Yesterday in Parliament, Nigel Huddleston MP sought assurance from the Chancellor of the Exchequer that any unintended consequences of the implementation of the national living wage would be monitored. Nigel has met with many local businesses recently including farmers, care homes, hoteliers and publicans and while most support the national living wage, they are also concerned about the pressure it will put on their ability to hire local people.
“Most businesses, as well as workers, in my constituency warmly welcome the introduction of the national living wage and the increased spending power it will deliver. Will the Chancellor and his team carefully monitor the implementation of the national living wage to see whether there are any unintended consequences, particularly in sectors where margins are already small, such as farming, social care and hospitality?”
The Chancellor of the Exchequer replied:
“We will of course monitor the impact of all our policies on the economy and on particular sectors. That is one of the reasons why, alongside introducing the national living wage, we have introduced the new council tax supplement for the social care sector. The Office for Budget Responsibility analysis when we announced the national living wage was that, while in theory 60,000 jobs could be lost in the future that might otherwise have been created, the other policies we were pursuing would see over 1 million new jobs created, so the overall effect is an increase in employment of over 1 million.”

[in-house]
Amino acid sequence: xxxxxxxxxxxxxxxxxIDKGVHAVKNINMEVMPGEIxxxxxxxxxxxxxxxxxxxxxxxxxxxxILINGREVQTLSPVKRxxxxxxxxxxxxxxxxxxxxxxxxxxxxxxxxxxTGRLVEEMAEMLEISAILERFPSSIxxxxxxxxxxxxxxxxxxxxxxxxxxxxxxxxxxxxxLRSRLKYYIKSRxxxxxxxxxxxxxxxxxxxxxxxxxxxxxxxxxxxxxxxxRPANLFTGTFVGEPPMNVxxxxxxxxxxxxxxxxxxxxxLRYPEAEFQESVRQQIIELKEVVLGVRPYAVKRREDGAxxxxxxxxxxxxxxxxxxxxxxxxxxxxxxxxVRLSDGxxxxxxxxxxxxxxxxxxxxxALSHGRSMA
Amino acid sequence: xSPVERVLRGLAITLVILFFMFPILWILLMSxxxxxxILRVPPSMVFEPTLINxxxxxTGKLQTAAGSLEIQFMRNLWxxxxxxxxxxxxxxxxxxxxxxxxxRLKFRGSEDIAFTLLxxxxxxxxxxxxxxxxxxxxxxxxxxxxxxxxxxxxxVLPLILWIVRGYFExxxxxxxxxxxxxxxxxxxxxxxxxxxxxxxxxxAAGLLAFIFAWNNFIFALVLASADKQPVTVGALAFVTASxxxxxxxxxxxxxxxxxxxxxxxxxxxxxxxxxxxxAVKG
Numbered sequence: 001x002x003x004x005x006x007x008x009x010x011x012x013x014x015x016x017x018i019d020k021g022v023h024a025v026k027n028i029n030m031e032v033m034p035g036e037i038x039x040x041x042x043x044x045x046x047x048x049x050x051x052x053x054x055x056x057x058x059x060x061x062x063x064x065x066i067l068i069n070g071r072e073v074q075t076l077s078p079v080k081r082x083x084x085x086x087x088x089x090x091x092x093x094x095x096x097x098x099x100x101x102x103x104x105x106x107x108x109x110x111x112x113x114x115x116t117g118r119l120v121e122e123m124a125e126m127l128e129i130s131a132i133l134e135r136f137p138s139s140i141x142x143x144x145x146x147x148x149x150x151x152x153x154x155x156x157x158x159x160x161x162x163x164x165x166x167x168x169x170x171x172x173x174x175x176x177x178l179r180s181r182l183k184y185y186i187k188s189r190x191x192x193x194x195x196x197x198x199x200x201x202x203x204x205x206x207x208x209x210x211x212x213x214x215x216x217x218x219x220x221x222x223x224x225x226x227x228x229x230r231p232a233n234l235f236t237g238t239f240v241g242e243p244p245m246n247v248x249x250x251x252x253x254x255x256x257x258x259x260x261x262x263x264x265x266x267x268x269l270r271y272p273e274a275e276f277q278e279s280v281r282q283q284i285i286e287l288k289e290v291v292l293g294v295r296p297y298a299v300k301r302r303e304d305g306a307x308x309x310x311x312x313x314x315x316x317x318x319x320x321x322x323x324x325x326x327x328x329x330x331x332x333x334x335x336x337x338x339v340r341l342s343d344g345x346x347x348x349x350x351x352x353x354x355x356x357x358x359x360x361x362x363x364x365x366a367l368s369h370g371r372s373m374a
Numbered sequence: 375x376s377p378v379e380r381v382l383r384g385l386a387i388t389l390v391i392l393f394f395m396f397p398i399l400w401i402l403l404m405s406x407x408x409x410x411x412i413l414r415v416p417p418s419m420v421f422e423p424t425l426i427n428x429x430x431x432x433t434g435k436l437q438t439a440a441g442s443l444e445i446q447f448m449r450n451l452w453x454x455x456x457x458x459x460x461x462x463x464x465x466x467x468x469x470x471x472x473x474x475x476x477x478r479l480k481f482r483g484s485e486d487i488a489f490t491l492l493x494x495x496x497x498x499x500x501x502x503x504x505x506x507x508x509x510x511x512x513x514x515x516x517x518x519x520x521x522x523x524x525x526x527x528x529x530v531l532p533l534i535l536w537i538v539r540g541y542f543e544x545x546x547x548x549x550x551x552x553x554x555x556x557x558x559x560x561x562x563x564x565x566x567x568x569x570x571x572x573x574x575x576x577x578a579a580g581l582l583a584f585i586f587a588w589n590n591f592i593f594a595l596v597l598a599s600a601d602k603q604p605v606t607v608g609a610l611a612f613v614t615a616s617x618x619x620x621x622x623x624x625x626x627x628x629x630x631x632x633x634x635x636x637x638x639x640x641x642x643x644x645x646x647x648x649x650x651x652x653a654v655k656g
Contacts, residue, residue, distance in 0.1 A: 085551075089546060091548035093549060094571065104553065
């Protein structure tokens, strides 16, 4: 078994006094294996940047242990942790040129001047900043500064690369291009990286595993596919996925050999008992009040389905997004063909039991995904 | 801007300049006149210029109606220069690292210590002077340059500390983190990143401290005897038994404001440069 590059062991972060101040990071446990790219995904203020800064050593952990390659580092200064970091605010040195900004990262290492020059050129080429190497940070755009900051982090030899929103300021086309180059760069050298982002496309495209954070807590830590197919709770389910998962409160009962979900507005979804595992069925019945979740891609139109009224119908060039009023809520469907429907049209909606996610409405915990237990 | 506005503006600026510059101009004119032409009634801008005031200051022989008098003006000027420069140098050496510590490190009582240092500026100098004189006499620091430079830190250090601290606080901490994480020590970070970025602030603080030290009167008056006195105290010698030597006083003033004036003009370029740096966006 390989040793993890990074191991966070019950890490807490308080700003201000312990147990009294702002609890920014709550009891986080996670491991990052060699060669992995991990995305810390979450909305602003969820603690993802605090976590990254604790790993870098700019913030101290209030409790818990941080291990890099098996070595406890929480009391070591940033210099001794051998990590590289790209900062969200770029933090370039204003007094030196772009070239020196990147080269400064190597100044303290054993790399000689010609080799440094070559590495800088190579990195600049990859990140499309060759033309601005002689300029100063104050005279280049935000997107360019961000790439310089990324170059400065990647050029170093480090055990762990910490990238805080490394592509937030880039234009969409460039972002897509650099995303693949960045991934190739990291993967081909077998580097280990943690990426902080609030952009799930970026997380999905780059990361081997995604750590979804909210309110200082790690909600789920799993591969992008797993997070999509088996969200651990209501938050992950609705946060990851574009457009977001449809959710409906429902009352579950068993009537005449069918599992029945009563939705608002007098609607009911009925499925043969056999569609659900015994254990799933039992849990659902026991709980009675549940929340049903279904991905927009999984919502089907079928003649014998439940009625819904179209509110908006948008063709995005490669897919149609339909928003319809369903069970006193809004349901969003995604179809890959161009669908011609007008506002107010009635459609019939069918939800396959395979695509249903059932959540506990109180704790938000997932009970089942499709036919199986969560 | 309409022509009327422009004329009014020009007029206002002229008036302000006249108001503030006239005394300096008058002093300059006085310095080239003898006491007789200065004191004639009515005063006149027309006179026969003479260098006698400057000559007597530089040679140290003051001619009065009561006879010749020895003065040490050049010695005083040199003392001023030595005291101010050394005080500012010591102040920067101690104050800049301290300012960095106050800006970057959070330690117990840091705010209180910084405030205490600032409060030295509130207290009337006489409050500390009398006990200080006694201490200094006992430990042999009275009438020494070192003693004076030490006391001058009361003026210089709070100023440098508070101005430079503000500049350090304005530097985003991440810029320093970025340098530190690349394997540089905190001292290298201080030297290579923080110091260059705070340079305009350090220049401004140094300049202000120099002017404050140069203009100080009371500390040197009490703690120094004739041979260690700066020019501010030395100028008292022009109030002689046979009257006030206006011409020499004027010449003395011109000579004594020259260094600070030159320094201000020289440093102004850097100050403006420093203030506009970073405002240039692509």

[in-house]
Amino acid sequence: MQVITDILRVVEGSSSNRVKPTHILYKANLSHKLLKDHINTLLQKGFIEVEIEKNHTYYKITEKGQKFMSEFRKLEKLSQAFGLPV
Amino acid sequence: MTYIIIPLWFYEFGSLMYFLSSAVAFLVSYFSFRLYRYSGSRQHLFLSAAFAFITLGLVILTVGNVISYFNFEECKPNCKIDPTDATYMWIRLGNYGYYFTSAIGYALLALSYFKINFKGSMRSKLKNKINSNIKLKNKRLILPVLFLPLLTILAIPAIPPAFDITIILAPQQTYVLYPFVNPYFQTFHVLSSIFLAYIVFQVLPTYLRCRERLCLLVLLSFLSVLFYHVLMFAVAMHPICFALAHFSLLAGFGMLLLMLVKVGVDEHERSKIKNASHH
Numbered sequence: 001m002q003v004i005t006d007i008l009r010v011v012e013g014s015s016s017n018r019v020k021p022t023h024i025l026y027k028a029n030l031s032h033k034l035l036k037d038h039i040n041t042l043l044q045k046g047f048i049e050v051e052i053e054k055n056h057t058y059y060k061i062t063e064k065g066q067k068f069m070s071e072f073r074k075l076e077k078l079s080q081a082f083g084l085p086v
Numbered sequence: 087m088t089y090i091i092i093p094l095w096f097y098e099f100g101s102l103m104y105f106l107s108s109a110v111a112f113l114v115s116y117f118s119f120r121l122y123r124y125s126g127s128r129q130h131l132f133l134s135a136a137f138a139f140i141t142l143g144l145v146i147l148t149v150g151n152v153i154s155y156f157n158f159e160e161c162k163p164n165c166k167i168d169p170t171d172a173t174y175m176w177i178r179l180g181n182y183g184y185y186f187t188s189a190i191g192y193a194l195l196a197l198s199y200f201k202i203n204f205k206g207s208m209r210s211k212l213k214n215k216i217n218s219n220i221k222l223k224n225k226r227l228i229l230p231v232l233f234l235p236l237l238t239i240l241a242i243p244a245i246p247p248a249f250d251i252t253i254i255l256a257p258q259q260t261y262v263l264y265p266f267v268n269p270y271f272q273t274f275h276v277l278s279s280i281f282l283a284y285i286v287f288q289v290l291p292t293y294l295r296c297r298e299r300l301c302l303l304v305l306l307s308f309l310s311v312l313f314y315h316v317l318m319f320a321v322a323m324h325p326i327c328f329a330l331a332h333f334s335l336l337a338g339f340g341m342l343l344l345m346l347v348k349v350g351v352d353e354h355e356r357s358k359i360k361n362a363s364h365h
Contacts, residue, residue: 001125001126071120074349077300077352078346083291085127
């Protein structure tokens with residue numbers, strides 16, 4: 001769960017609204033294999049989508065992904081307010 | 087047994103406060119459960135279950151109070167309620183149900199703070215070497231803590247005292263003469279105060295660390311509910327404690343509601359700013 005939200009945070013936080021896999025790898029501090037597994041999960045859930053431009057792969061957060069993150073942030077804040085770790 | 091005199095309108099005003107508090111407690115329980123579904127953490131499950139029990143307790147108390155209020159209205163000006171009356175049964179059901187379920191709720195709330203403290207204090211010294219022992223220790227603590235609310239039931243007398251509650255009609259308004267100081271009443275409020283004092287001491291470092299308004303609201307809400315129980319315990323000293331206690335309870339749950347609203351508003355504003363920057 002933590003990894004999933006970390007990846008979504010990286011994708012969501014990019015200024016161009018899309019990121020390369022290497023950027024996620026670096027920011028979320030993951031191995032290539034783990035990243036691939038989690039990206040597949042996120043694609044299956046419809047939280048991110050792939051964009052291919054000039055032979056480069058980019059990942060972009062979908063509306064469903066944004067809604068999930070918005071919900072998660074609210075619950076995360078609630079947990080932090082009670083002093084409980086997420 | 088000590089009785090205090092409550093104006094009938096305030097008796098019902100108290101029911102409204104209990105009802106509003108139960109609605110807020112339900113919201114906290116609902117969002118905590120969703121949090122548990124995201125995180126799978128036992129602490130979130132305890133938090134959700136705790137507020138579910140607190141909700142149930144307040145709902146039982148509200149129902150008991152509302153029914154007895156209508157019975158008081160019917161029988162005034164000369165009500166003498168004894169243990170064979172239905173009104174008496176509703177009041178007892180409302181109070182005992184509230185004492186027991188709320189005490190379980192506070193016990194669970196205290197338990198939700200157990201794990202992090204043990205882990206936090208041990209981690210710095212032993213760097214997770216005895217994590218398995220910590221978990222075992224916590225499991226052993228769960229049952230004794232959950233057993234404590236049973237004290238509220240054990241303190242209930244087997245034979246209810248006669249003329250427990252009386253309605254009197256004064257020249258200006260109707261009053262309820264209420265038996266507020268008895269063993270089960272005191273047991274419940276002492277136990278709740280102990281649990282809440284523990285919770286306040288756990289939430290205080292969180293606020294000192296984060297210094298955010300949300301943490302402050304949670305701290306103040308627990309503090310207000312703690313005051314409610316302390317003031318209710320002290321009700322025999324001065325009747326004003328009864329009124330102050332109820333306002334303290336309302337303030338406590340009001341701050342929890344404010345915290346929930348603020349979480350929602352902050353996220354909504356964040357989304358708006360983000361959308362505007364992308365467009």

A new National Living Wage will be introduced for those over 25 years and will be set at £7.20 from April 2016.
The Low Pay Commission will set out how it will reach 60 per cent of median earnings by 2020 and based on forecasts this means it will reach £9 by 2020. It will be compulsory for employers to pay this and as a direct result 2.5 million workers will get a pay rise, something Nigel warmly welcomes. As a result those currently working on the minimum wage will see their pay rise by a third over this Parliament which is a cash increase for fulltime workers of over £5,000.
The Office of Budget Responsibility assessed this will cost businesses 1 per cent of their profits which the Chancellor will offset by cutting corporation tax to 18 per cent by 2020. Businesses will also benefit from a 50 per cent increase to the Employment Allowance drastically cutting their national insurance bills.
For younger workers, the priority is to secure work and gain experience. In order to maximise such opportunities for young people, the National Living Wage will not apply, although of course the existing National Minimum Wage will. This is in keeping with the long-standing banding of the Minimum Wage, which currently has different rates for under 18's, 18 to 20, and over 21s. Of course, there is nothing to stop employers paying under 25s the National Living Wage, or indeed a higher wage, if appropriate.
“For too long those on low incomes were caught in a system where low earnings were taxed on the one hand, but given back in form of various tax credits and allowances on the other. This is an inefficient way to support workers and taxpayers should not have to subsidise businesses who pay the lowest wages. I am glad bold action has been taken to introduce a National Living Wage while cutting their taxes so they keep more of the money they earn.
But we must ensure that the living wage does not have a negative effect on the businesses which employ people and support our local economies. I will continue to speak to local employers and monitor the situation. If any local businesses are concerned about the living wage I would be happy to look into their case and make representations on their behalf.”
For more information see here or contact Nigel Huddleston on 07789983719 or his Parliamentary office on 0207 219 5814